Maui Ferry Sites To Be Studied

A Continuation From The Lahaina Sun

Maui ferry sites:

The Hawaii government is planning to hire a private consulting firm to study potential interisland ferry landing sites on Maui, according to Fujio Matsuda, state transportation director.

Matsuda said the firm will study ocean currents, waves, weather and other conditions along the leeward shore of Maui in order to identify several possible landing sites.

After the study is completed, public hearings will be held on Maui to give residents a chance to comment on proposed sites.

Matsuda said the study would be "relatively low cost". There is no timetable for its completion.

Only the leeward side of the island-the West Maui and Kihei cosats- will be studied, he said. A landing site on the windward coast at Kahului is not considered desireable because of roughter ocean conditions and because it is out of the way on the run from Honolulu to the Big Island via Maui.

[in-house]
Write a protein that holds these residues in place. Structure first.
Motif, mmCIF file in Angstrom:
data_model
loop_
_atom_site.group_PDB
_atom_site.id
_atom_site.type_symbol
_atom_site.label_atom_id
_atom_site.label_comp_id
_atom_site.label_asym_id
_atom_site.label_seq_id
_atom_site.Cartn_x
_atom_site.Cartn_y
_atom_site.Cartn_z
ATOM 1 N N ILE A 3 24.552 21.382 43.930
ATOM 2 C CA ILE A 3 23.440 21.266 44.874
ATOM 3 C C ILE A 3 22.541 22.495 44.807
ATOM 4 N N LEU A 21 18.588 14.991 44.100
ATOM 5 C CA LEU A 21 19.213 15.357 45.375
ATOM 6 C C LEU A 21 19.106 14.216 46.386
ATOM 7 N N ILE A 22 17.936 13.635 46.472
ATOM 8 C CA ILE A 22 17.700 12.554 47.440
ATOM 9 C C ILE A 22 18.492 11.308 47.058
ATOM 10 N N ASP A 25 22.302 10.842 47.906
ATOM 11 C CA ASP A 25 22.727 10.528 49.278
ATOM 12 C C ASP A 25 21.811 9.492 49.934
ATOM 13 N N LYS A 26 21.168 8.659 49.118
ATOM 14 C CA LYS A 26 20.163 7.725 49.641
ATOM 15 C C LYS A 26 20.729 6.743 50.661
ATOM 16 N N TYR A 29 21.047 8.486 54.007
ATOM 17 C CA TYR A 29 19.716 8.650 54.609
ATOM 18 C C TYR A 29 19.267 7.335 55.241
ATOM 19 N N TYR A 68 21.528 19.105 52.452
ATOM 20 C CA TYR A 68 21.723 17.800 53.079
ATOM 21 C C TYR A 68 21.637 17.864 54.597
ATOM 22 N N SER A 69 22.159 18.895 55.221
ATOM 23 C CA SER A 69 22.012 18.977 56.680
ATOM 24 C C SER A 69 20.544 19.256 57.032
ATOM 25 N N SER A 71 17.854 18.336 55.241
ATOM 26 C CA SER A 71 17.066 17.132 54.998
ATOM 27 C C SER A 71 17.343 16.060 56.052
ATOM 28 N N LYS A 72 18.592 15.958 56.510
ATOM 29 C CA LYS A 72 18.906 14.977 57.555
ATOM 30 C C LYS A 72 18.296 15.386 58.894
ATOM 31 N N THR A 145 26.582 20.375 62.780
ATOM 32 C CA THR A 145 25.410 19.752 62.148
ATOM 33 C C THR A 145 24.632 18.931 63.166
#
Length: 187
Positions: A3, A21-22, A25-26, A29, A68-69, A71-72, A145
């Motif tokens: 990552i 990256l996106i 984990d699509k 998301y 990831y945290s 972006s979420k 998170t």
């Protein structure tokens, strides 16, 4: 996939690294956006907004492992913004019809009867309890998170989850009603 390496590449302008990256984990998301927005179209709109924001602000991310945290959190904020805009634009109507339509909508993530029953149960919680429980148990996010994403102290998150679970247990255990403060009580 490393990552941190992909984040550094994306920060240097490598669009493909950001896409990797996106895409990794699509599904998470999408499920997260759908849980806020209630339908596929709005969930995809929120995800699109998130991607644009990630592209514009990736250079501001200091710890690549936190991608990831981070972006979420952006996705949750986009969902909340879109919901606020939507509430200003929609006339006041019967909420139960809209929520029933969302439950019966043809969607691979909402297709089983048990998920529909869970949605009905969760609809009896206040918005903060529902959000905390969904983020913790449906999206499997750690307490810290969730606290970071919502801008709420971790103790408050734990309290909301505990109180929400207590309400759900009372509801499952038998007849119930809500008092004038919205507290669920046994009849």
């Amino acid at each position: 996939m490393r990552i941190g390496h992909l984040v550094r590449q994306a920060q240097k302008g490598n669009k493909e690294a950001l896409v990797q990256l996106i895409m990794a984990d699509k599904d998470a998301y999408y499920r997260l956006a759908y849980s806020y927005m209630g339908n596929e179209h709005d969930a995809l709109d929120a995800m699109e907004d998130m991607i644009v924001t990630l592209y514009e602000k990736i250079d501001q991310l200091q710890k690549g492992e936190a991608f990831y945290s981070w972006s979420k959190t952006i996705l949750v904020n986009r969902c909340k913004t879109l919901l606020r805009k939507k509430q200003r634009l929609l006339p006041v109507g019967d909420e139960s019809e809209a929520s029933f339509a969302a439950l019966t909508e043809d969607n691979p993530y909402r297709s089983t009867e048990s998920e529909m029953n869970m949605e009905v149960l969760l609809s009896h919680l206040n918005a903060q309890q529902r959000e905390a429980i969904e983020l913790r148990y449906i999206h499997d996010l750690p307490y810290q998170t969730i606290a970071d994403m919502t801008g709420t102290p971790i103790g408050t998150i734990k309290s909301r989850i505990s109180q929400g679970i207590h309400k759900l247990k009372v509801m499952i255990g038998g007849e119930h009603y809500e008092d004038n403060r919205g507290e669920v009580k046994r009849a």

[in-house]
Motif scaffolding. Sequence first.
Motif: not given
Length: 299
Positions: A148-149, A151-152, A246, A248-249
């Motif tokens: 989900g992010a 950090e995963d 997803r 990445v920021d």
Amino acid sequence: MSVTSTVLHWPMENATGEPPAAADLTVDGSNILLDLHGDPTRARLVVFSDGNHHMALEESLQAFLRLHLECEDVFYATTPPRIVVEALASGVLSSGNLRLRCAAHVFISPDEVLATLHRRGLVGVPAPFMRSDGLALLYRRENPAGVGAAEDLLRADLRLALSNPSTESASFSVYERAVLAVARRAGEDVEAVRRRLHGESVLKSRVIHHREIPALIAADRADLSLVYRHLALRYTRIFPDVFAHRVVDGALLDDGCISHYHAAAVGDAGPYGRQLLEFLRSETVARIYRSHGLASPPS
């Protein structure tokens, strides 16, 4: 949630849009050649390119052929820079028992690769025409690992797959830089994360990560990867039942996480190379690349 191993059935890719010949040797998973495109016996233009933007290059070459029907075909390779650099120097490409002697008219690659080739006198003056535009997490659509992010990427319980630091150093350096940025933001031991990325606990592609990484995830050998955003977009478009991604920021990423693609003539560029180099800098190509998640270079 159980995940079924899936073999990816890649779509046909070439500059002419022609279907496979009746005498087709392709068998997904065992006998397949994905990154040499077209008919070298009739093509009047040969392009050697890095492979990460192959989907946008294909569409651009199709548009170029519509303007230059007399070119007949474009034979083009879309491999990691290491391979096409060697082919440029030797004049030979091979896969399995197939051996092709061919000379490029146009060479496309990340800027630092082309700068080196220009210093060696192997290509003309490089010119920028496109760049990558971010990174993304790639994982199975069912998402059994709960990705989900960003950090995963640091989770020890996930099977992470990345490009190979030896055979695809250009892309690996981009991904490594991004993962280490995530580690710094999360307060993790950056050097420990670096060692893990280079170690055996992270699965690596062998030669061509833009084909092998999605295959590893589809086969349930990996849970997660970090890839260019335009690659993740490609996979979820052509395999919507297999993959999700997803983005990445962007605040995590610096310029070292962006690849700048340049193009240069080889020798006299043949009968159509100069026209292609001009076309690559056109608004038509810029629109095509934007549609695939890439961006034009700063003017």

Matsuda said the shore facilities for the proposed ferry system would be as simple as possible in order to hold down costs.

The facilities would include a pier or slip for the ferry, a passenger waiting area, a parking lot and an area for cars and trucks that will board the boat.

Maui is the only island, he said, which does not have a suitable existing facility for the ferry. Only minor alterations are expected to be made to existing docks at Honolulu, Nawiliwili on Kauai and Kawaihae on the Big Island.

The state, so far, has allocated less than $300,000 for use in prepairing landing sites for a ferry system.

Because of the current "economic squeeze", the state is reluctant to spend a great deal of money on ferry facilities until it is definite the system will come into being.

At the present time, three companies-Dillingham, Kentron, and Hawaiian Inter-Island Ferry-are working on separate proposals for an interisland system.

State Sen. John Hulten's Hawaiian Inter-Island Ferry appears the most advanced. He said last week that he expected to sign a contract by the end of this month for construction of the first $18 million ferry.

Hulten said his system could be in operation by about mid 1973.

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Maui Lahaina Sun

Buck Quayle at The Lahaina Sun

Buck Quayle at the Maui Lahaina Sun bureau circa 1970

Buck Quayle

Reporter/Photographer Buck Quayle in 1971 in Maui with the Cartagenian in the background

Buck Quayle, 2011


Hawaii

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Tiki at Maui School

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My Other Office-On The Beach At Lahaina
Maui Girl On Bike